Trump: No Iran Nukes Even if Agreement Folds
By Steve Herman April 27, 2018
Standing alongside Germany's chancellor, U.S. President Donald Trump emphasized on Friday that Iran would not be permitted to build a nuclear arsenal, even if a deal intended to prevent that scenario collapsed.
"They're not going to be doing nuclear weapons. You can bank on it," Trump told reporters.
Asked about possible actions, including use of force, that he could take if Iran restarted its nuclear weapons program, if the deal made in 2015, known as the Joint Comprehensive Plan of Action (JCPOA), was abandoned, the president replied: "I don't talk about whether or not I'd use military force."
German Chancellor Angela Merkel, appearing with Trump at the news conference following their Friday meetings, described the JCPOA as "anything but perfect," adding, "It will not solve all the problems of Iran."
She described it as one piece to limit Iran's bad actions, while saying Berlin considered it of "prime importance" to contain threats from Iran as it exerts geopolitical influence in Syria, which has been racked by years of civil war.
Merkel said her government would continue very close discussions with the United States as the president neared a decision on the Iranian nuclear accord, signed by Iran with China, France, Germany, Russia, the United Kingdom, the United States and the European Union.
The Trump administration is required to recertify to Congress every 90 days that Iran is complying with the deal. The next deadline is May 12.
The U.S. president repeatedly has heaped scorn on the agreement, referring to it as a "disgrace," "stupid" and the "worst deal ever negotiated."
Following a meeting Friday of foreign ministers of the North Atlantic Treaty Organization (NATO), new U.S. Secretary of State Mike Pompeo told reporters in Brussels that "absent a substantial fix, absent overcoming the flaws of the deal," the U.S. president "is unlikely to stay in that deal." Earlier in the week, French President Emmanuel Macron said in Washington that he did not believe he had been able to persuade Trump not to abandon the nuclear agreement.
Asked by journalists whether he thought the U.S. president would walk away from the pact, Macron replied, "That's my bet."
Macron was seen by many as the foreign leader most likely to be able to change Trump's mind because of the warm relationship between the two.
Trump on Friday greeted Merkel under the West Wing entry portico with a kiss on both cheeks and a handshake in the Oval Office, more affection than during Merkel's initial White House visit 13 months ago when he appeared to refuse to shake her hand in the Oval Office.
Merkel's relationship with Trump remains icy, according to The Washington Post, quoting a person who was in the room when the president was with Macron on Tuesday when Trump reportedly said he was "not looking forward to Merkel coming."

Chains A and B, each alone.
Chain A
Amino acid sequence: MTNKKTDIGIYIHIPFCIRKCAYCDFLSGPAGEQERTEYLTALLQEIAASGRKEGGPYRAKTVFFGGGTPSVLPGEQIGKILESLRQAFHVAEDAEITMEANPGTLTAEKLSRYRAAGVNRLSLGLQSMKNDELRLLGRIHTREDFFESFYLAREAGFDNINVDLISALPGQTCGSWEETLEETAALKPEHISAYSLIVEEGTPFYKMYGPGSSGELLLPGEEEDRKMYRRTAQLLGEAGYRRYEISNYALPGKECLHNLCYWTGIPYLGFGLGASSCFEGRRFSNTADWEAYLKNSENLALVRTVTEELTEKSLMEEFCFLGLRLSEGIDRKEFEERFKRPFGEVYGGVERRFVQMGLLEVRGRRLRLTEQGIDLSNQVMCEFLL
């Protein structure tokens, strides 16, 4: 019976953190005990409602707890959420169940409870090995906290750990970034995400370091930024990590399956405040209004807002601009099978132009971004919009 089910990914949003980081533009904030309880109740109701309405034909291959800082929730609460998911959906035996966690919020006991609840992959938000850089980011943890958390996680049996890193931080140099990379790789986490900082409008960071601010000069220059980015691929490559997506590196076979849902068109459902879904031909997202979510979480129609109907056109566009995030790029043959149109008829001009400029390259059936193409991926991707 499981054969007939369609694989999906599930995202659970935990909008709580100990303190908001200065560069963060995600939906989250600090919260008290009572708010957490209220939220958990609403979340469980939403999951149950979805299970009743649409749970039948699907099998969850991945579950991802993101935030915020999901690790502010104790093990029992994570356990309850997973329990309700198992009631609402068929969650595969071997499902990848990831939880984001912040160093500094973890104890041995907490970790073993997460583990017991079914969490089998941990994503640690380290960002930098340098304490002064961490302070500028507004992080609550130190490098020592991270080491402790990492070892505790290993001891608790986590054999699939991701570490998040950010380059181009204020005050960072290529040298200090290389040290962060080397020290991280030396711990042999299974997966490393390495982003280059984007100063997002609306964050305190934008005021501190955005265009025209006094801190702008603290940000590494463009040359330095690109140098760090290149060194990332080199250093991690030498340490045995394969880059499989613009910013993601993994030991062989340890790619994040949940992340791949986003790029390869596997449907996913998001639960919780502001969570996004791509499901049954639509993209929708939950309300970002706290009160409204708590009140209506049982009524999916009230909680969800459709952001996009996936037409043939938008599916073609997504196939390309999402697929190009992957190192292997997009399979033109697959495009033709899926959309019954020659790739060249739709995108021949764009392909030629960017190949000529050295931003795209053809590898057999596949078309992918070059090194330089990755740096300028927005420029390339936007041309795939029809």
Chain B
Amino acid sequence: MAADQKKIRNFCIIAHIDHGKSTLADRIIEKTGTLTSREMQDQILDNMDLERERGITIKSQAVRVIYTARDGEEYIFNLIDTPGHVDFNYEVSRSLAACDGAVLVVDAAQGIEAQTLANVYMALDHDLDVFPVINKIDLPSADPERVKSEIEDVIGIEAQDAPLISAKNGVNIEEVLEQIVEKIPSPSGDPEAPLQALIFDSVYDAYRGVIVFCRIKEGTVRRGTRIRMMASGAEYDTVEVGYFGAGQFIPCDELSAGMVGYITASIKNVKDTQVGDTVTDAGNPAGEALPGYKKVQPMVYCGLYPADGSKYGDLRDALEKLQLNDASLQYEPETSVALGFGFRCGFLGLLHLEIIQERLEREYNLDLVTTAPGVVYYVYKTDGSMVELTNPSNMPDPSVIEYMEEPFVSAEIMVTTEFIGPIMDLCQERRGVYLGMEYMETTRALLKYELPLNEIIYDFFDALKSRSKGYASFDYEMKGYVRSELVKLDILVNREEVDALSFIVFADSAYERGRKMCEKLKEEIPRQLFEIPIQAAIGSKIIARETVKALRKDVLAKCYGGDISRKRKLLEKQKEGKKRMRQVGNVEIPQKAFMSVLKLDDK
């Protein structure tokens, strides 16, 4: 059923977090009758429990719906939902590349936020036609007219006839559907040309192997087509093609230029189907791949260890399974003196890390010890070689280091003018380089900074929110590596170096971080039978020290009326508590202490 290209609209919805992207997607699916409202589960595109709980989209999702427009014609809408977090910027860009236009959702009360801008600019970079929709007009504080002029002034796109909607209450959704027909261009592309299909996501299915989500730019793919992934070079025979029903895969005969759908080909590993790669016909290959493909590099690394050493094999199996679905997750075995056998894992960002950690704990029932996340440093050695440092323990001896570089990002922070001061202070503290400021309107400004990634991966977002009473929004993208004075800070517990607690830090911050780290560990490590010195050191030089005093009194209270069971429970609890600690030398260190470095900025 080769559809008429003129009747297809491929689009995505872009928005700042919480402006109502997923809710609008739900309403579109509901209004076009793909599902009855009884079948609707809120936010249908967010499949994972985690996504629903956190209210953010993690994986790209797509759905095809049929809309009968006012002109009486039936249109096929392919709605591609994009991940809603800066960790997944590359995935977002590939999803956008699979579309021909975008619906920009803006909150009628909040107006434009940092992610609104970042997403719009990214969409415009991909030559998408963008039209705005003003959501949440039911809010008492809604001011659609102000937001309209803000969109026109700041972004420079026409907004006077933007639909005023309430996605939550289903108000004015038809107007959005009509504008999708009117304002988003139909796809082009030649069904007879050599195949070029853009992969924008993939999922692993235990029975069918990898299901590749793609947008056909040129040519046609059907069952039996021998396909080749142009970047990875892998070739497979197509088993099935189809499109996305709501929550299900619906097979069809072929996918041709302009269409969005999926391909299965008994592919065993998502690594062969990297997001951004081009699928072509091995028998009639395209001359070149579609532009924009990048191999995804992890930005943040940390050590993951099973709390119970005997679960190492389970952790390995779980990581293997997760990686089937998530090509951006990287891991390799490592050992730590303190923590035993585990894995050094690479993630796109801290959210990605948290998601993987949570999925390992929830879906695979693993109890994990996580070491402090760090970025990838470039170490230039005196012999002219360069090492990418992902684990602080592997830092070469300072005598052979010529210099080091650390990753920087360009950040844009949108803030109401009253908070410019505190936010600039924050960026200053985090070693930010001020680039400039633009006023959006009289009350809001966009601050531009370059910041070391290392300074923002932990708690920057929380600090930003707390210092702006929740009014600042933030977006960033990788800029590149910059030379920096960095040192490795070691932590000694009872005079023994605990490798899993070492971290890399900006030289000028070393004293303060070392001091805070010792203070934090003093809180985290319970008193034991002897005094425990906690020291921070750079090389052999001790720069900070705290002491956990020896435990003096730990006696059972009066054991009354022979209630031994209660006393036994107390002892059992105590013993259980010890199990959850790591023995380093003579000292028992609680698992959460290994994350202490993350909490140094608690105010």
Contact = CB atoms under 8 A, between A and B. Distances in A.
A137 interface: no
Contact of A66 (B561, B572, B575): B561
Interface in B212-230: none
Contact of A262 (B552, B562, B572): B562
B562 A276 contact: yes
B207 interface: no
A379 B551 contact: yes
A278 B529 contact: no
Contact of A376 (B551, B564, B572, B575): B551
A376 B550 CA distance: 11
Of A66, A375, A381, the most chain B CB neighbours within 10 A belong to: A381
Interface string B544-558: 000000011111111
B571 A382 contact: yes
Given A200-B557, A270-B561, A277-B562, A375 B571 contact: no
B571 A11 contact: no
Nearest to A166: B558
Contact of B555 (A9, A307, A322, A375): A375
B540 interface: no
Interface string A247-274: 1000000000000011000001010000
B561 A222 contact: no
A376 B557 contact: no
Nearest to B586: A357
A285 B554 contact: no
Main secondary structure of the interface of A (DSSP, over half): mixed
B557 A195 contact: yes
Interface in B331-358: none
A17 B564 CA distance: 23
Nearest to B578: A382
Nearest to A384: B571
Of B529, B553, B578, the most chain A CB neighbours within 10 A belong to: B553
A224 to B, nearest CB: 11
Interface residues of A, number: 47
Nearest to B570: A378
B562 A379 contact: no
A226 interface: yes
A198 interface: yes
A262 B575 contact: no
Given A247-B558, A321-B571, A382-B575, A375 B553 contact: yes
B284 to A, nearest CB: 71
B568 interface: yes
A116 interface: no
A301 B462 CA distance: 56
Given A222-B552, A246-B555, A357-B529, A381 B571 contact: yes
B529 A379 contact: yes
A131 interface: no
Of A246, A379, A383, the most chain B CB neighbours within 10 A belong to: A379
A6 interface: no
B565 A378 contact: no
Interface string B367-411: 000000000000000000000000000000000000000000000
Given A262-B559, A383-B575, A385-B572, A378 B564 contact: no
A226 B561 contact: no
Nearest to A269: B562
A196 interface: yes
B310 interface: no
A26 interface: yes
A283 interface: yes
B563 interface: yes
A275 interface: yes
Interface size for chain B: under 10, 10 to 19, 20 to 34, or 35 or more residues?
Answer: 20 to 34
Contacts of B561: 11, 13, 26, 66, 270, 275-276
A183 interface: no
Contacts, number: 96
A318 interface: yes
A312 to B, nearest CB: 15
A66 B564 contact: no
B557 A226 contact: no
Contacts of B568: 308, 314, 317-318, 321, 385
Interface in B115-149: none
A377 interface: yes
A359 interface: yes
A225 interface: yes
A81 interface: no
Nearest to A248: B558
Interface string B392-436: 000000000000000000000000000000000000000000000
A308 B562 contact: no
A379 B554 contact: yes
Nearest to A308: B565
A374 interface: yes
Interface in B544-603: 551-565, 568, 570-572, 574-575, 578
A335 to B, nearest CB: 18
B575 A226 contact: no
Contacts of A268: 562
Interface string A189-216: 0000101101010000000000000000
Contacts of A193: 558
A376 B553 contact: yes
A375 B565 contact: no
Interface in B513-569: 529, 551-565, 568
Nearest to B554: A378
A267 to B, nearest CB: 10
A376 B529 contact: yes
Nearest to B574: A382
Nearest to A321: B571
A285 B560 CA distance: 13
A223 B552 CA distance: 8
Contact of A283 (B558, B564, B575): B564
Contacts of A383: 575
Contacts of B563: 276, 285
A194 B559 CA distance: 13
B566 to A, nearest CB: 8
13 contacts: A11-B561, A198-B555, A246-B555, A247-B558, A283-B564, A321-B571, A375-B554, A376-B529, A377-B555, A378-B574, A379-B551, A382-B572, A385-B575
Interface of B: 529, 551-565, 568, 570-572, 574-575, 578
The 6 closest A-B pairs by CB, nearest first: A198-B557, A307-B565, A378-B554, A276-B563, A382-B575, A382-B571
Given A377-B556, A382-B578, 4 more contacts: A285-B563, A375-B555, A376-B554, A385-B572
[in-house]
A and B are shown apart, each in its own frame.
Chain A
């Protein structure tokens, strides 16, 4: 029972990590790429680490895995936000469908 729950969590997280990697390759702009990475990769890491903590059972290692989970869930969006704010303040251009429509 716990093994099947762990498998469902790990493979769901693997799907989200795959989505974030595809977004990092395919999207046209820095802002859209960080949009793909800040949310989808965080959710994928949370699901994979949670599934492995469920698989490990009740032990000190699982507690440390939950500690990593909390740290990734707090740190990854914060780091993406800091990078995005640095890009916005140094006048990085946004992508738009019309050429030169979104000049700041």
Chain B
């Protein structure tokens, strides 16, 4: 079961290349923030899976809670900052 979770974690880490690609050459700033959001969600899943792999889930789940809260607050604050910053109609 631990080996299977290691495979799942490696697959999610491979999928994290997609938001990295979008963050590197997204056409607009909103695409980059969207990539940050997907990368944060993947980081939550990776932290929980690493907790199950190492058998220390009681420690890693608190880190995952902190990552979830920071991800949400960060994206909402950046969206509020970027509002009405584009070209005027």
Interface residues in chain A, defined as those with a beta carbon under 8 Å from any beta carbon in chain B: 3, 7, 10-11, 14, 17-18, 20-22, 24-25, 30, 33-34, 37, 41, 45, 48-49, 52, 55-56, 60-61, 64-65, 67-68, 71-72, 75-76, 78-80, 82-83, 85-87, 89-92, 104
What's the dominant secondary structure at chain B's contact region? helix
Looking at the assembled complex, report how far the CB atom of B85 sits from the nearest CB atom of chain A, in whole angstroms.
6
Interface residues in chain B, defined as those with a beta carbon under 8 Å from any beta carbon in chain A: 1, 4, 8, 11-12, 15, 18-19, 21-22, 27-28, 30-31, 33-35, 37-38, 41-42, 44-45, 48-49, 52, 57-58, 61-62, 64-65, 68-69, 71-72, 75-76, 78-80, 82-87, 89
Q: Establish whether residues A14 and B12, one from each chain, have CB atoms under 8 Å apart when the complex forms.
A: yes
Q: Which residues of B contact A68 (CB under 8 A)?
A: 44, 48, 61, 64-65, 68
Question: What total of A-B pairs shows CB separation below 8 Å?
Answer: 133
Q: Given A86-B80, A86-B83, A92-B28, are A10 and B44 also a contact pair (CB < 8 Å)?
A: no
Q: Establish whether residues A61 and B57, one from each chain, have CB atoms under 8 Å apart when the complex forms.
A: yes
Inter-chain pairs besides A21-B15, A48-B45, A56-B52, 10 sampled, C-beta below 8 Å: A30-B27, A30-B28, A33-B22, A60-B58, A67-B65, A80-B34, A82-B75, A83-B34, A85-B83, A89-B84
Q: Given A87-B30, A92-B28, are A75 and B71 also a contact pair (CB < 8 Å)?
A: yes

According to Peter Rashish, senior fellow and director of the geoeconomics program at the American Institute for Contemporary German Studies, "there was always going to be a division of labor between Macron and Merkel with Trump."
Rashish, a former vice president for Europe at the U.S. Chamber of Commerce, noted that while "Macron is a gifted public performer, Merkel thrives in close-range, behind-the-scenes meetings. The cordial tone of the press conference suggests she was able to find a way to engage Trump in a way that could bear fruit further down the line."
Alongside Trump, during several events Friday at the White House when reporters were in the room, Merkel remained mostly stone-faced. But there were a couple of flashes of puzzlement during their joint news conference when Trump made off-the-cuff remarks in his trademark fashion.
Trump and Merkel acknowledged they discussed other difficult matters, including the level of funding for NATO and trade tariffs.
"We had an exchange of views," she said when asked about steel tariffs Trump is poised to impose on European exports. "The decision lies with the president."
While Trump emphasized the need to bring down the EU trade surplus with the United States, the president also said he wanted to deepen economic ties with Europe, which observers saw as something new.
Merkel on Friday restated her interest in a U.S.-EU free-trade agreement.
"Put those two ideas together and you could imagine down the road the resumption of some version of the Transatlantic Trade and Investment Partnership with a more Trumpian stamp," Rashish told VOA.
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